Technology advances have touched almost every industry and process — even those under the seas. Today, experts have robots helping oceans through satellite systems, low-cost sensors, big data and more.

6 Ways Robotics Can Help Protect Our Oceans
6 Ways Robotics Can Help Protect Our Oceans

Kayla Matthews | Productivity Bytes

Technology advances have touched almost every industry and process — even those under the seas. Today, experts have robots helping oceans through satellite systems, low-cost sensors, big data and more. 

Whether it's analyzing areas with excessive plastic build-up or re-introducing certain species to reefs, oceans could experience a cleaner and safer future with the help of robots. 

Here are six ways robotics can help protect our oceans in 2020 and beyond. 


1. Improve Ship Fuel Efficiency

Every year, boats produce 1,000 megatons of greenhouse gas emissions. However, plotting more fuel-efficient routes can cut reduce this number and help ships conserve fuel use. 

Open Ocean Robotics created boats equipped with sensors, cameras and communication devices to capture information from anywhere in the ocean. They use power from the sun and wind to travel for months without producing any of their own emissions. As the boats continuously collect data, they use satellite and communication systems to send information to users in real-time. 

This process offers precise data related to weather conditions and forecasts. People can then use this information to optimize ship routes that cut fuel costs and reduce greenhouse gases. 


2. Carry Out Environmental Monitoring

Sometimes, it's challenging to monitor what's going on at the seafloor. Biomimetic ocean robotics is changing that, as these machines cruise the ocean on surveillance missions. For example, robotic crabs collect new data on the seabed, and robo-jellyfish can monitor what's going on with specific environments. 

The Korea Research Institute of Ships and Ocean Engineering designed a 1,400-pound autonomous crab that can reach an underwater depth of 656 feet. It doesn't stir up clouds of silt and debris, such as propeller-driven remotely operated underwater vehicles (ROVs). The crab also has a doppler radar-based navigation system so that it can feel around in murky conditions. With its several cameras, including a tillable color HD camera, it can zoom in on essential objects and species to see what's happening at the deepest depths.


3. Improve Wastewater Treatment 

Ocean robotics are proving useful for the wastewater treatment industry. As part of a RoBi-X partnership, Aarhus Band and Blue Ocean Robotics are looking at ways to use robot technology to improve the work environment, productivity and resource use at wastewater treatment plants. Water purification is also crucial, as wastewater gets discharged into lakes and the sea. Robots can ensure treatment plants increase their capacity while releasing clean fluids.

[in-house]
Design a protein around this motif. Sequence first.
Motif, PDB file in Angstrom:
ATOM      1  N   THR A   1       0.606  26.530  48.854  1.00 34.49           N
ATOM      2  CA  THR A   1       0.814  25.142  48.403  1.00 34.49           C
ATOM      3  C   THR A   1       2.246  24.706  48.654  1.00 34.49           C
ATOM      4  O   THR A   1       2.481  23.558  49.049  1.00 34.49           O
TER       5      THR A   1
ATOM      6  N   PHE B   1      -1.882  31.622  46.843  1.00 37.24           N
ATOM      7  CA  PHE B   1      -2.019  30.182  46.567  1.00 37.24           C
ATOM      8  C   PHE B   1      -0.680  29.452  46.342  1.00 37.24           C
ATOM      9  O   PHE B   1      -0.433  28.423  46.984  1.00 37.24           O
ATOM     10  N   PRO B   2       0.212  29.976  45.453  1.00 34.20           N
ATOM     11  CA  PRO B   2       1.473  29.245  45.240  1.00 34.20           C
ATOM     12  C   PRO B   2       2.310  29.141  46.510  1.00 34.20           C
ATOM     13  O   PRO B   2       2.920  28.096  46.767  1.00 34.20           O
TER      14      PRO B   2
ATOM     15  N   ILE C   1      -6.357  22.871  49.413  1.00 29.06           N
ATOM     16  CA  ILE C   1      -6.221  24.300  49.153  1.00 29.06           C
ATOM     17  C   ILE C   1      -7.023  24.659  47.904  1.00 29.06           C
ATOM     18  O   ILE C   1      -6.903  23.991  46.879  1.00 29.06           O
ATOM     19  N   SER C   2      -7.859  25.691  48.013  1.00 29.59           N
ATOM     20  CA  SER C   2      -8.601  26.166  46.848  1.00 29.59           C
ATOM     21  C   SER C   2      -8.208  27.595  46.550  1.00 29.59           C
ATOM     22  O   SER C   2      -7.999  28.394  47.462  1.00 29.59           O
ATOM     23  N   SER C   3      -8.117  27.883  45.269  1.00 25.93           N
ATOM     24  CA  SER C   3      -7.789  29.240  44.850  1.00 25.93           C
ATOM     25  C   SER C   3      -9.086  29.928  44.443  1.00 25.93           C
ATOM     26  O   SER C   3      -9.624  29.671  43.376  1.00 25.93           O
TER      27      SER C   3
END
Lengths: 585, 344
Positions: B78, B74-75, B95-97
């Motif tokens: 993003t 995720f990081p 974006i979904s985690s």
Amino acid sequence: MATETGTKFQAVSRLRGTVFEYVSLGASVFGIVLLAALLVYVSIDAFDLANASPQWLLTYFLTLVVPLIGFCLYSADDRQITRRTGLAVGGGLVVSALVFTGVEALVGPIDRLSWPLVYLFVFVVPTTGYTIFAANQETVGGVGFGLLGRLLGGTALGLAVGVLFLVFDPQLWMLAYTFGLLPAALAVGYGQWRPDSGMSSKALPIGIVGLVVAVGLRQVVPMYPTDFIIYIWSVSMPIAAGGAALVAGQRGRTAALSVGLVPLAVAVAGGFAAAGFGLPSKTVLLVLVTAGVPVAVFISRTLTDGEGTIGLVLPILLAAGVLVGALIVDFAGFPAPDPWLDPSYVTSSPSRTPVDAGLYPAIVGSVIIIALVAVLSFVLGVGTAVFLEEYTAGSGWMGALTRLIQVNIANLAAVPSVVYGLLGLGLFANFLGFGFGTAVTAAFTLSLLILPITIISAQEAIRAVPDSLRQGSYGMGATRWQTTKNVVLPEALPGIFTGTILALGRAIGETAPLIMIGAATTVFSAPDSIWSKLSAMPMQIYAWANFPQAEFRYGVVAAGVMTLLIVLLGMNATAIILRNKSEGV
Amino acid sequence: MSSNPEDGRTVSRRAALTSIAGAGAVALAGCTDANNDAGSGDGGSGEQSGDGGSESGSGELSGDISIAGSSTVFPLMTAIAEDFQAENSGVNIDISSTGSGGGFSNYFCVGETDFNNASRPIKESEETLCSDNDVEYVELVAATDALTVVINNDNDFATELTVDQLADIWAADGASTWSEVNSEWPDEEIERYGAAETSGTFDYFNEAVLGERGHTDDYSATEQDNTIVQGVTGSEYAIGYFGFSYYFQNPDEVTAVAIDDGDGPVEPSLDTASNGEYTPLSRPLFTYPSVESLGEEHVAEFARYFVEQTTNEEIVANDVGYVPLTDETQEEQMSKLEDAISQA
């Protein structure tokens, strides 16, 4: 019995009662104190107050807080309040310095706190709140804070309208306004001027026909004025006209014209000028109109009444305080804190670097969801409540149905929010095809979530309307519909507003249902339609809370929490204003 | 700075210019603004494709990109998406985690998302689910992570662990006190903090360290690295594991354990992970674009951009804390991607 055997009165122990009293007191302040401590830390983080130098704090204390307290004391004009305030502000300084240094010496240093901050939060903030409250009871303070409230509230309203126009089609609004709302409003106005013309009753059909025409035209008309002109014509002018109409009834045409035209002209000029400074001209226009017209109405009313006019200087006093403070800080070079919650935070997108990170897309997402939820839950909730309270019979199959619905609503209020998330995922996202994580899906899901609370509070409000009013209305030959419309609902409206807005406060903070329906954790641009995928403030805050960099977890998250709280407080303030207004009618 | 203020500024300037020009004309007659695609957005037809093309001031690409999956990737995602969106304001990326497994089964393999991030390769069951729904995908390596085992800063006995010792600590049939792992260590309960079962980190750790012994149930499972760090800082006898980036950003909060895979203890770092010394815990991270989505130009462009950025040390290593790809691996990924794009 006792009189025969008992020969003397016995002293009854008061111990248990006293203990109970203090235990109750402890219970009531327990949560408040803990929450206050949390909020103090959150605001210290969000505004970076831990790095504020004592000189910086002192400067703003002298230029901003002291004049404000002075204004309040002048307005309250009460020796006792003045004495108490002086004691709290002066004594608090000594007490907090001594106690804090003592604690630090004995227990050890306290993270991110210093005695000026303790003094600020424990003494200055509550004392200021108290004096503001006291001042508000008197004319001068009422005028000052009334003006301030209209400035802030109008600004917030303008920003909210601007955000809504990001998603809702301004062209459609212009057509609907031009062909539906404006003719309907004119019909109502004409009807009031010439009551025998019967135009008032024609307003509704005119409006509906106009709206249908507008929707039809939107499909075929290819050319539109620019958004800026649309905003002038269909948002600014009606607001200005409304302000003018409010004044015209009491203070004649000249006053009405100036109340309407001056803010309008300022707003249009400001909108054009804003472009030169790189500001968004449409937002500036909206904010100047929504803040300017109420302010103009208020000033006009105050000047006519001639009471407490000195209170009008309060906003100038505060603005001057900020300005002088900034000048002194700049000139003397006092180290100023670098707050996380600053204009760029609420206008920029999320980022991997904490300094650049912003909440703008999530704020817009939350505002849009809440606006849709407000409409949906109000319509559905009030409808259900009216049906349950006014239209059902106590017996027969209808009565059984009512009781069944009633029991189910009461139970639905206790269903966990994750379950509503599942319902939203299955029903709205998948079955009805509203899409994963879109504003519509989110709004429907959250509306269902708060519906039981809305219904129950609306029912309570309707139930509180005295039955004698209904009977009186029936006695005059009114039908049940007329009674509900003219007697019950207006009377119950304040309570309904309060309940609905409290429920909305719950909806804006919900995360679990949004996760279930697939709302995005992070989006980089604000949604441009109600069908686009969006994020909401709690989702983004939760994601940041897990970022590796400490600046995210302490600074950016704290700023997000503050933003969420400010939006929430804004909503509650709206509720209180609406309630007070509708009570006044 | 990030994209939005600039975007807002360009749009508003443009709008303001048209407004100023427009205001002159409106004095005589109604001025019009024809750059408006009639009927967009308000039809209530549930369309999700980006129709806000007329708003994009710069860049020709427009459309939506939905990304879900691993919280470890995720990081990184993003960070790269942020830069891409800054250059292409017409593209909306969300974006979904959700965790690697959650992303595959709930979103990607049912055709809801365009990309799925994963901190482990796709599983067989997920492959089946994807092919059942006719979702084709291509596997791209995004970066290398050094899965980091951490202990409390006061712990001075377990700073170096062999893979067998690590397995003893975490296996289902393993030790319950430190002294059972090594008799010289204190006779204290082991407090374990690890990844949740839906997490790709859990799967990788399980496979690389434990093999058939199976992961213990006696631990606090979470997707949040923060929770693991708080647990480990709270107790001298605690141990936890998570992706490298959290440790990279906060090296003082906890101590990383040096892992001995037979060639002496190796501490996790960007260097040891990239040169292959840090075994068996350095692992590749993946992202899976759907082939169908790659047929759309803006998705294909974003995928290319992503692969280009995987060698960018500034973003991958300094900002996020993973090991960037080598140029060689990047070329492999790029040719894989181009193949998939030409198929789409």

Biobot Analytics created small robotic devices that provide data on wastewater and entire regions' health. Around the size of carry-on luggage, these machines offer data on illnesses, chemical exposure, viruses, contaminants in food and more. It's also a useful tool for tracking prescription and illicit drug use in communities. 


4. Help the Great Barrier Reef

The Great Barrier Reef has large, damaged sections, and robots help restore baby corals on the damaged areas. A LarvalBoat is a robotic device that disperses coral babies back into the reef. The process involves collecting millions of coral eggs and sperm from the reef, then growing them in floating nursery pool systems. 

So far, the robot has settled millions of coral babies back onto the Great Barrier Reef, and scientists have already noticed coral polyps growing. Eventually, the project could restore reefs worldwide and speed up the recovery of entire ecosystems. 


5. Remove Garbage

Society is catching up with the plea to reduce plastic usage, but robots are also helping oceans and pollution reduction. Engineering students have created a semi-autonomous robot named FRED that cleans up trash in the sea. It's solar-powered, too, so it doesn't introduce any additional greenhouse gas emissions. 

FRED works by using a collection conveyer belt to pick up floating debris. Once its bins are full of plastic, it will head back to shore to offload the collected trash. FRED also has sensors and pingers designed to ensure it stays away from marine life during the process. 


6. Stop Illegal Fishing

Illegal fishing is a global problem that threatens marine ecosystems, creates food insecurity and causes major human rights violations. 

Ocean robotics can fight unlawful acts, however, by going on long, unmanned missions. For example, Liquid Robotics® created the Wave Glider®, a robot that swam 2,808 nautical miles to Hawaii after working in the UK. 

It works by using sensors in remote marine locations, which open up expanses of the ocean that were once inaccessible or too expensive to send ships to. Big data from the robots, plus satellite imagery and artificial intelligence (AI), can pinpoint where illegal fishing may occur, allowing officials to stop it. 


Advances in Robotics Will Continue to Help the Oceans

Robots are already protecting the sea, from improving ship efficiency to removing patches of garbage. However, this technology's only in its infancy — will continue to advance. As it does, so will the bots' eco-friendly capabilities. 

The content & opinions in this article are the author’s and do not necessarily represent the views of RoboticsTomorrow

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